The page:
“We’ll see what happens with Mr. Bannon,” Mr. Trump said.

Mr. Bannon’s dismissal followed an Aug. 16 interview he initiated with a writer with whom he had never spoken, with the progressive publication The American Prospect. In it, Mr. Bannon mockingly played down the American military threat to North Korea as nonsensical: “Until somebody solves the part of the equation that shows me that ten million people in Seoul don’t die in the first 30 minutes from conventional weapons, I don’t know what you’re talking about, there’s no military solution here, they got us.”

He also bad-mouthed his colleagues in the Trump administration, vowed to oust a female diplomat at the State Department and mocked officials as “wetting themselves” over the consequences of radically changing trade policy.

Of the far right, he said, “These guys are a collection of clowns,” and he called it a “fringe element” of “losers.”

“We gotta help crush it,” he said in the interview, which people close to Mr. Bannon said he believed was off the record.

Mr. Bannon’s departure was long rumored in Washington. The president’s new chief of staff, John F. Kelly, a retired Marine Corps general who was brought on for his ability to organize a chaotic staff, was said to have grown weary of the chief strategist’s long-running feud with Lt. Gen. H. R. McMaster, the national security adviser.

Mr. Bannon had been aligned with Mr. Kelly’s predecessor, Reince Priebus, who was forced out in late July. More significantly, Mr. Bannon has been in a battle with Jared Kushner, the president’s son-in-law and senior adviser, since the spring.

Mr. Bannon, whose campaign against “globalists” was a hallmark of his tenure steering the right-wing website Breitbart.com, and Mr. Kushner had been allies throughout the transition process and through the beginning of the administration.

But their alliance ruptured as Mr. Trump elevated the roles of Gary D. Cohn, his top economic policy adviser and a former official at Goldman Sachs, and Dina Powell, a former Bush administration official who also worked on Wall Street.

Mr. Cohn is a registered Democrat, and both he and Ms. Powell have been denounced by conservative media outlets as being antithetical to Mr. Trump’s populist message.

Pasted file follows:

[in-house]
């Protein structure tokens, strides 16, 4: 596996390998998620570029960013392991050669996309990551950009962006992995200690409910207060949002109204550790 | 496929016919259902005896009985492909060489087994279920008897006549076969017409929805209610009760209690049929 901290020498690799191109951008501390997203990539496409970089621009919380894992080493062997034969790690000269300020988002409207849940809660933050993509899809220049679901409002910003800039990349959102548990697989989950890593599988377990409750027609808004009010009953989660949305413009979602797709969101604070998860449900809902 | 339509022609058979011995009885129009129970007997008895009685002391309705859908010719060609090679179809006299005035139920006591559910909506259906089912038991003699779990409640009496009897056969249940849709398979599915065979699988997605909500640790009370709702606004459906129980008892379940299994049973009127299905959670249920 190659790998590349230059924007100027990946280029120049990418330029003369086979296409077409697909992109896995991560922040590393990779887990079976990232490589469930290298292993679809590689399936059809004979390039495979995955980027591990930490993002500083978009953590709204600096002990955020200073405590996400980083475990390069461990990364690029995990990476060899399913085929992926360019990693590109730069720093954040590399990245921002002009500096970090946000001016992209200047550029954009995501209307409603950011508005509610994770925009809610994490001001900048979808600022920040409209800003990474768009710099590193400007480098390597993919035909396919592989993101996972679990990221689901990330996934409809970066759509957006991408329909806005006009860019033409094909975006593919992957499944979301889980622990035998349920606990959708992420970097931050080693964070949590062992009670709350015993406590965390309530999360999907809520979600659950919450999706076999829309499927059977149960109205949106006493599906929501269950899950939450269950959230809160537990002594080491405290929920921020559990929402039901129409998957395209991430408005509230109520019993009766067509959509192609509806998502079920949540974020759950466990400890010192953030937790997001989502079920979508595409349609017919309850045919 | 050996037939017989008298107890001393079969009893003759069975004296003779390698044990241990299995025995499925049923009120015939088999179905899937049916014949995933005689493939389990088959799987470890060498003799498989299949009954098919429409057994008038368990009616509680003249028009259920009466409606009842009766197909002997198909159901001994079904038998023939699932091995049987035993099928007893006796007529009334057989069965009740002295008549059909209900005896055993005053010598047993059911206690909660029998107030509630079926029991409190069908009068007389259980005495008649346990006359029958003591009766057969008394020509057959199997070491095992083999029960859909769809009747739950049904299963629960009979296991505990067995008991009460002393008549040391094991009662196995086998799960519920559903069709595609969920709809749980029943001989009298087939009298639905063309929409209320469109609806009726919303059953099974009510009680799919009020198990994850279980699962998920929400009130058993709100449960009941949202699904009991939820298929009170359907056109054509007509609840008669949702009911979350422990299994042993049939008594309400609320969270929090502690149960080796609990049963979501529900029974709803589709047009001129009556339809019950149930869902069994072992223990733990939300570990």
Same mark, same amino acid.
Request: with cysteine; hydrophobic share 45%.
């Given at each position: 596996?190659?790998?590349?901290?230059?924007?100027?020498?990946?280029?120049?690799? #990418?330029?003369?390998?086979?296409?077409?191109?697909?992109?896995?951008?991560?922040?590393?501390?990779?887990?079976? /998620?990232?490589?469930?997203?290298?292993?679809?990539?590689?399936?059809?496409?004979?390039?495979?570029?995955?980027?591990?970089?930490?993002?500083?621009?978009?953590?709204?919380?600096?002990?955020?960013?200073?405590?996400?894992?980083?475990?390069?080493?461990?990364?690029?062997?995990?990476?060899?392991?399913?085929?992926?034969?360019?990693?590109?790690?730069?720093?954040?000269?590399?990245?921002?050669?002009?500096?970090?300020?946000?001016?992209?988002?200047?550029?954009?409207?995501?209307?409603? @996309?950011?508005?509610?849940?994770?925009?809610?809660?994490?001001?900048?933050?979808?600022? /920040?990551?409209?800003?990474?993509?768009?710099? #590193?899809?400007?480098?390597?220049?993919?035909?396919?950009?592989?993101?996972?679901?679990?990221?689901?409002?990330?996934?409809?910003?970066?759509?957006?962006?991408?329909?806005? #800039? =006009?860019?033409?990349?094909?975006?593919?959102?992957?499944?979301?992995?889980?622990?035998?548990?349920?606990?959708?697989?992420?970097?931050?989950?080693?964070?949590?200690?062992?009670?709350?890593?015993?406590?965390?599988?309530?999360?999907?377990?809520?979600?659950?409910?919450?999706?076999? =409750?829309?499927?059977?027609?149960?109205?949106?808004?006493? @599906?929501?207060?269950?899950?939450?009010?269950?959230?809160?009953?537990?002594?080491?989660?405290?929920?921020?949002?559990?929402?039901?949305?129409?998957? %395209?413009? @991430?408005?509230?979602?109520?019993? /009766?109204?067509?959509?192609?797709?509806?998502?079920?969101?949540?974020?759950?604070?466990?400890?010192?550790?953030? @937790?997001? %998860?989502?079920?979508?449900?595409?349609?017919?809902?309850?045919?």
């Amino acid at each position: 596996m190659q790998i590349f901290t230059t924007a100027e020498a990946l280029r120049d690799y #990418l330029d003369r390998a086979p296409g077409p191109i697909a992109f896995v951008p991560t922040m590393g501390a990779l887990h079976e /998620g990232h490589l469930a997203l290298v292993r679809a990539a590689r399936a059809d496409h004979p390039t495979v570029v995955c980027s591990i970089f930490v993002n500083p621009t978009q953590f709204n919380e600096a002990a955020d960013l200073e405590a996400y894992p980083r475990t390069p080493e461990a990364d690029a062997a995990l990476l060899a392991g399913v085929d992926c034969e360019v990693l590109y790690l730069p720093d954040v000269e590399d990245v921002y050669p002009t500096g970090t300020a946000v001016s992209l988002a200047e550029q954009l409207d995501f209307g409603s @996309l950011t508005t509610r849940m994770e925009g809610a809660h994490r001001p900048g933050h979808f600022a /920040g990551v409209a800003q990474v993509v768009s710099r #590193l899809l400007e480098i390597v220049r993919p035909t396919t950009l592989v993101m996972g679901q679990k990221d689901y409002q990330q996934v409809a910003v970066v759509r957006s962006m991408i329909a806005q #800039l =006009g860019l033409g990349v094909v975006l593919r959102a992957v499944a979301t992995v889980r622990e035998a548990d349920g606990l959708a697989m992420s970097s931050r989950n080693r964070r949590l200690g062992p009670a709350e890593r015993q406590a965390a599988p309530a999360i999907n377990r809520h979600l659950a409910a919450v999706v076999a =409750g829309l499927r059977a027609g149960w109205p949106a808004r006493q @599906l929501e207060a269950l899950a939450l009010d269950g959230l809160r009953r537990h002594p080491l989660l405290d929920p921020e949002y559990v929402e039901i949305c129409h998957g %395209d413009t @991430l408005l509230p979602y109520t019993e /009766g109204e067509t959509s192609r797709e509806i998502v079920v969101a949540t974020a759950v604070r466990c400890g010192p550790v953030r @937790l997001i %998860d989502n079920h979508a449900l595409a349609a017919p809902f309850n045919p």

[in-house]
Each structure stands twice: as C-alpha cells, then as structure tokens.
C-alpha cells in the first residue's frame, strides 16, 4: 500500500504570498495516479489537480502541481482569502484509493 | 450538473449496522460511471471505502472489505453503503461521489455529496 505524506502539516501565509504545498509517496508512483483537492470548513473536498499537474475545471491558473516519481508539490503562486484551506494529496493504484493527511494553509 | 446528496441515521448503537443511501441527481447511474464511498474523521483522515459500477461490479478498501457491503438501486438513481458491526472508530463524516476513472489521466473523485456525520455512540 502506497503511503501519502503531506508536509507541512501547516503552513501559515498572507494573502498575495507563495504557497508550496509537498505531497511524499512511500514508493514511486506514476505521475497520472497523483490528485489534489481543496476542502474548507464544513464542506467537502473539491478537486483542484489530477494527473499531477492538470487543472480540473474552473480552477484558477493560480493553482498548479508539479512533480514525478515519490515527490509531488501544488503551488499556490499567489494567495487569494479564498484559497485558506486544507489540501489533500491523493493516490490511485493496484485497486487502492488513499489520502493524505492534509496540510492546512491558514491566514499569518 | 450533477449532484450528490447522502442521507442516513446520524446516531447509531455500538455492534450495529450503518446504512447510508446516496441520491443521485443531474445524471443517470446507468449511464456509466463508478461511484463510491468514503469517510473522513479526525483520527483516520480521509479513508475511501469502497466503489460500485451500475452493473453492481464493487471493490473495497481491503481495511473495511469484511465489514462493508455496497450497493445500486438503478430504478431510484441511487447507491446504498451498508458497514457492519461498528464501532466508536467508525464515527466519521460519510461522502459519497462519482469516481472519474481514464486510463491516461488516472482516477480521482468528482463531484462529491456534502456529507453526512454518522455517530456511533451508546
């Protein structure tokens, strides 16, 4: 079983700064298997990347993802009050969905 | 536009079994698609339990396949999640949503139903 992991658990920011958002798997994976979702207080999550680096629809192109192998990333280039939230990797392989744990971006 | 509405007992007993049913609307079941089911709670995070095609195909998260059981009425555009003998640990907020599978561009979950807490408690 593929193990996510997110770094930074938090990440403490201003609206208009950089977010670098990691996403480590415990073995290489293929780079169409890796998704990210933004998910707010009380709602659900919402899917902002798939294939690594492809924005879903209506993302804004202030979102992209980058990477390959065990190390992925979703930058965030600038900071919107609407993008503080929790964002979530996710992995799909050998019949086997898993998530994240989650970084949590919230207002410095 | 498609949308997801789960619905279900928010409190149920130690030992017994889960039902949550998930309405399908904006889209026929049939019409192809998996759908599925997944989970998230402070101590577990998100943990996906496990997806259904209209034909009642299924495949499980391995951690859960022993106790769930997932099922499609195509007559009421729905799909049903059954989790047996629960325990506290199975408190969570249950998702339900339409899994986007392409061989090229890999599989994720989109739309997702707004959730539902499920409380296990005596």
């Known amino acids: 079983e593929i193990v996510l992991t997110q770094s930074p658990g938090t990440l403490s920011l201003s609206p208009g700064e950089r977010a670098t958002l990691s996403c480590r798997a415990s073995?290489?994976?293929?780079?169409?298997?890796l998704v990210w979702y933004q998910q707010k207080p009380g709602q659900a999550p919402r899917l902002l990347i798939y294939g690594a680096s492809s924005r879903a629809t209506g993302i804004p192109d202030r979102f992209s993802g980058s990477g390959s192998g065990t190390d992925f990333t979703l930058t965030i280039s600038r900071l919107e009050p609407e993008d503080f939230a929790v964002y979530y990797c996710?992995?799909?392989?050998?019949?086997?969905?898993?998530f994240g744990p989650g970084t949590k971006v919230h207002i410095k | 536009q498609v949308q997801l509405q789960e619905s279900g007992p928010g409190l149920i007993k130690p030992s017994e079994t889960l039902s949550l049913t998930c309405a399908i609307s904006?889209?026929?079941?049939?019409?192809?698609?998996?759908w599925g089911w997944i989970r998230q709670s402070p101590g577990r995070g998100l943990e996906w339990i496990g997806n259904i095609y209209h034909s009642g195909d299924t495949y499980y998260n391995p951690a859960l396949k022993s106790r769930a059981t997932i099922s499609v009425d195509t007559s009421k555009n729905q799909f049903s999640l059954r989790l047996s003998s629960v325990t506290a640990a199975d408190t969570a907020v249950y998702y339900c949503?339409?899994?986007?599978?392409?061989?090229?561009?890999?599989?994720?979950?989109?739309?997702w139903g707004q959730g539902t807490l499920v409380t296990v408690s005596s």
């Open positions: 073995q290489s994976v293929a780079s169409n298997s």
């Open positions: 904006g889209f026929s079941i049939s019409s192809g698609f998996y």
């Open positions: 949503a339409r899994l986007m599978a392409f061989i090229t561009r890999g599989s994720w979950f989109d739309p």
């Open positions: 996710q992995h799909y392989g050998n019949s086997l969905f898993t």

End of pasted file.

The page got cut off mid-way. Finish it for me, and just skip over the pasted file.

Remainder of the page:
https://www.nytimes.com/2017/08/18/us/p ... house.html
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Re: The Festering Darkness That is Steve Bannon

Postby 82_28 » Fri Aug 18, 2017 1:13 pm

A quick sample of some early breitbart comments:

Johnny Miles Wert • a few seconds ago

time to dump trump ,, throwing the baby out with the bath water,, this isn't who i elected


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RobL_v2 Miles Wert • a minute ago

This sucks.

Not wise, not smart, not good!
Why?
They will bring the long knives to Miller and Gorka’s back next.
The three most loyal, outspoken, and effective of his staff. The Left has been gunning for them because the are so effective at not only fighting the Left, but speaking truth about the Left. And Mr. President has acquiesced.

Why??

Unfortunately this is the beginning of the end for the administration.

With them gone, the Presidency is done for.
Capitulating to Liberals and delivering to RINOs will not pacify, mollify nor endear any on the Left, but it most certainly will hurt the country and damage his Presidency and reelection. Never Trumpers and Liberals will never support him, say a good word about him, never vote for him, never do anything but continue to lie, libel, smear, slander and slime to bring him down. Appeasing such is beyond futile, its suicide.

Not only do you damage yourself Mr. President, you damage us. We who loyally support you, this is a slap in our face. And look at the posts by the likes of that idiot ‘Johnsmart’ above? You have weakened us and emboldened the lunatics. There will be no end to their perfidy because like their terrorists, when you give in to it… you have just bought more of it.
There is no me. There is no you. There is all. There is no you. There is no me. And that is all. A profound acceptance of an enormous pageantry. A haunting certainty that the unifying principle of this universe is love. -- Propagandhi
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Re: The Festering Darkness That is Steve Bannon

Postby seemslikeadream » Fri Aug 18, 2017 1:18 pm

Schrödinger’s Bannon


Evan Vucci/AP
By JOSH MARSHALL Published AUGUST 18, 2017 12:55 PM

If you don’t have the twitter or breaking news wires spiked directly into your veins, for the last 10 or 20 minutes there have been a series of reports that Steve Bannon is out at the White House. First the news came from Drudge (who, whatever you think about him, is well-sourced on this front). The Times has now confirmed the story – but with a major caveat.It appears that Bannon is “out” but not really gone. Like the decision has been made but it’s not clear when he’ll actually leave. Or, a bit differently, it seems that the news reports may be President Trump’s and the White House’s effort to humiliate Bannon into resigning even though the President hasn’t actually gotten up the nerve to fire him.

Remember, there’s been a history of people who have been “fired” from the White House and are yet still there days, weeks or even months later. Clearly something is happening. But it looks to be messy and almost certainly involves the President’s chronic inability to actually fire people to their faces as opposed to relying on public humiliations to do the job.